In the first hour of the film, Prometheus was gunning to be my favourite film of the year, and possibly my favourite film of this short decade so far. In purely visual terms, there are times where Prometheus looks like God himself shot the film. The first ten minutes of the movie, where a giant, pearly white humanoid eats what looks like rotten pomegranate seeds, falls to his death and has his DNA decompose within a river, while the camera swoops in using a combination of practical effects and CGI to show us the DNA splitting into cells, which is then coupled with some of the most achingly gorgeous landscape shots in any film ever made, and also justifies and perhaps even improves upon the 3D used in Hugo, led this viewer to believe that Prometheus was going to be a cinematic tour-de-force, even if all it was was Scott demonstrating his command of special effects in the service of making the audience’s eyes orgasm over and over again. Indeed, for the first hour, Prometheus is basically Scott and his art team proving that they are some of the finest sci-fi designers in the history of film, designing the Prometheus ship to be both functional and chilly (again, in the vein of Kubrick) in equal measure.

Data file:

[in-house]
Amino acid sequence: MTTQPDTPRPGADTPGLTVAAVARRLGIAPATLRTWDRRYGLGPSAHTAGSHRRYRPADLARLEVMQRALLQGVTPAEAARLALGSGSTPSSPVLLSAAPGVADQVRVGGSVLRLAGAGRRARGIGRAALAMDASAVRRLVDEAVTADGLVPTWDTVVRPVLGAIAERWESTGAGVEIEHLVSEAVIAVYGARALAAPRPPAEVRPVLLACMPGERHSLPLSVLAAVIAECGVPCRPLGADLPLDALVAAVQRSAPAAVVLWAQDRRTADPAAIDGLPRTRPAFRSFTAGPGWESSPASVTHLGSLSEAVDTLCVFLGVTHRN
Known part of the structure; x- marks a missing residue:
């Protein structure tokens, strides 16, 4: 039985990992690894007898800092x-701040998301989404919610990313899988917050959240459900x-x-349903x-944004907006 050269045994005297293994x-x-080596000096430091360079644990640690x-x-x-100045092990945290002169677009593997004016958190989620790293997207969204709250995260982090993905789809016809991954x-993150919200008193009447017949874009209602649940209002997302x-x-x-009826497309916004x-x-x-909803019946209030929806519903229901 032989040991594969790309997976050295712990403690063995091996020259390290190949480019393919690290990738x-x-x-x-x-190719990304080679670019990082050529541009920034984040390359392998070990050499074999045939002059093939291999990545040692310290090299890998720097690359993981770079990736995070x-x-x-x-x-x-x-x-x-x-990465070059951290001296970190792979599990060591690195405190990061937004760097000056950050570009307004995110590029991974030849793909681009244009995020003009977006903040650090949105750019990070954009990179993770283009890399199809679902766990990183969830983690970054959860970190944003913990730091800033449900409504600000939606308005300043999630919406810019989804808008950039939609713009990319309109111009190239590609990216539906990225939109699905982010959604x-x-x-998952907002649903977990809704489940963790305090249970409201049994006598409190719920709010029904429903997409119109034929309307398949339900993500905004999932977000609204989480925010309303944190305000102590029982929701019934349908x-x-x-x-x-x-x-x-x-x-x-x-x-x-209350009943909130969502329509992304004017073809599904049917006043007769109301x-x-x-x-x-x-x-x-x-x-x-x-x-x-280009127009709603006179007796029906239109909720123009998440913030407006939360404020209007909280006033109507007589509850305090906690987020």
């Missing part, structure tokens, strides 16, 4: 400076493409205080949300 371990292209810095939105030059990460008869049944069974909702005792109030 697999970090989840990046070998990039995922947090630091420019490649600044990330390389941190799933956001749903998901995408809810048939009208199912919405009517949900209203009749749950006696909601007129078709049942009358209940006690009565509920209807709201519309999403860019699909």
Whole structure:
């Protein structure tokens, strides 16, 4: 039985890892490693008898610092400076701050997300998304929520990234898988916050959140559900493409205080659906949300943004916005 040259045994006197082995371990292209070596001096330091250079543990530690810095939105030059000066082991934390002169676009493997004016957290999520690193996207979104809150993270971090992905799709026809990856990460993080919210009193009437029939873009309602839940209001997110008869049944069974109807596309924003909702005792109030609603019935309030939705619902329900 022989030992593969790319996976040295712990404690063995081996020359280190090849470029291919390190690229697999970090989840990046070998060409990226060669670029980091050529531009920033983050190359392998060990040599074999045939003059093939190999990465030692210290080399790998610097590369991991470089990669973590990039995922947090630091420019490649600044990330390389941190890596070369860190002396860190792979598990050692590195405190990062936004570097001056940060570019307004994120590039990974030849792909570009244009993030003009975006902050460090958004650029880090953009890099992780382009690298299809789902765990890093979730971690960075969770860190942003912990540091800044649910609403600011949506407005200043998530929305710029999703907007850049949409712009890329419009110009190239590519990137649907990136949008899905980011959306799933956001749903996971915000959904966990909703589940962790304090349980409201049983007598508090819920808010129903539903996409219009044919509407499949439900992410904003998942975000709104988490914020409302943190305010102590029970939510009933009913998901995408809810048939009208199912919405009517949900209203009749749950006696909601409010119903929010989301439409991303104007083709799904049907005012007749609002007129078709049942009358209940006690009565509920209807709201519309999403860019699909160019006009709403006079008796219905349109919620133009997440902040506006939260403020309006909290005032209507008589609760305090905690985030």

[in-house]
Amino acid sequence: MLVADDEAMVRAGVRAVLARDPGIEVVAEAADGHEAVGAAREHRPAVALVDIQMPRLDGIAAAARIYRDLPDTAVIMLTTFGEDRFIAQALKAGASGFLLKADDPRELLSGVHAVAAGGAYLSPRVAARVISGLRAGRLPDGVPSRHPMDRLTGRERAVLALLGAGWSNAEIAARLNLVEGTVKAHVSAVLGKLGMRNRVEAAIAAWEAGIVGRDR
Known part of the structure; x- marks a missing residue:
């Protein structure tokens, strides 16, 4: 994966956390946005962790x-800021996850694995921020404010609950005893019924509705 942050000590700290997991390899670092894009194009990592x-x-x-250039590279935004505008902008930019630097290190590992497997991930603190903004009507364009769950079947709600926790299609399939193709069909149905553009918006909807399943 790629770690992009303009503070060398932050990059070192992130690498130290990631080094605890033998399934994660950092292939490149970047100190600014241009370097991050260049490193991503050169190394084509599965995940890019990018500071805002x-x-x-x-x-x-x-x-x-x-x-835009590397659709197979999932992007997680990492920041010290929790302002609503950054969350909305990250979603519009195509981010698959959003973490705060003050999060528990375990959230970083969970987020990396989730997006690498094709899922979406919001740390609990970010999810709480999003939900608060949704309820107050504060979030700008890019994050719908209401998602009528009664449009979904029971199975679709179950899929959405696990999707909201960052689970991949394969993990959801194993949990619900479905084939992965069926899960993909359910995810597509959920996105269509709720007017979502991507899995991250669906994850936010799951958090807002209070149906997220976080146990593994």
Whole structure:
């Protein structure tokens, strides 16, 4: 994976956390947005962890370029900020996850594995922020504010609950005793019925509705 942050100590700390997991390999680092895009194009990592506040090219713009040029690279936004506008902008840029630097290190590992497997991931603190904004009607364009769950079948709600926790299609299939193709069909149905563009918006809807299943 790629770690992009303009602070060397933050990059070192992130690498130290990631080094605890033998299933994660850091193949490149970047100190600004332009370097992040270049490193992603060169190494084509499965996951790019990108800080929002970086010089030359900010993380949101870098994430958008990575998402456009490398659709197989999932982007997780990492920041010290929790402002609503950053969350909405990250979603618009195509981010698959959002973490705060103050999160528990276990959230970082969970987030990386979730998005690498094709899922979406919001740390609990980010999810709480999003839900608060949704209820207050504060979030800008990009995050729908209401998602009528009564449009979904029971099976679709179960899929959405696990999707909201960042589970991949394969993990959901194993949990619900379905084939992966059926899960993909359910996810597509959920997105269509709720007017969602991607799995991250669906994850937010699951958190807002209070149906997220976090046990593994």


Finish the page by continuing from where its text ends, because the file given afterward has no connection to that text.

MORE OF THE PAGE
When the film is firing on all cylinders, it is truly a wondrous thing to behold. But with the exception of the scene that you see at the top of this review (where David discovers an ancient hologram composed entirely of luminescent particles that is perhaps the best use of 3D in film yet in terms of pure spectacle), this commitment to the fundamental building blocks of science-fiction gets tossed aside in the second act, and distressingly quickly as well (a bit of theme with this movie - it seems to be in a hurry to get somewhere, good plotting be damned. I’m going to lay this at the feet of the editing, which is at times brutally clipped and not in a David Fincher sort of way. Again, I may revisit this one when the Director’s Cut comes out), as the team lands on LV-423. The team’s wonder at discovering this planet is pretty damned muted, even for scientists - it’s obviously setting the audience up to be disappointed at the potential for, perhaps, gentle wonder at benevolent extraterrestrials and to make us more on edge for the inevitable action sequences, but GODDAMN do I wish this movie wasn’t in such a hurry to get there.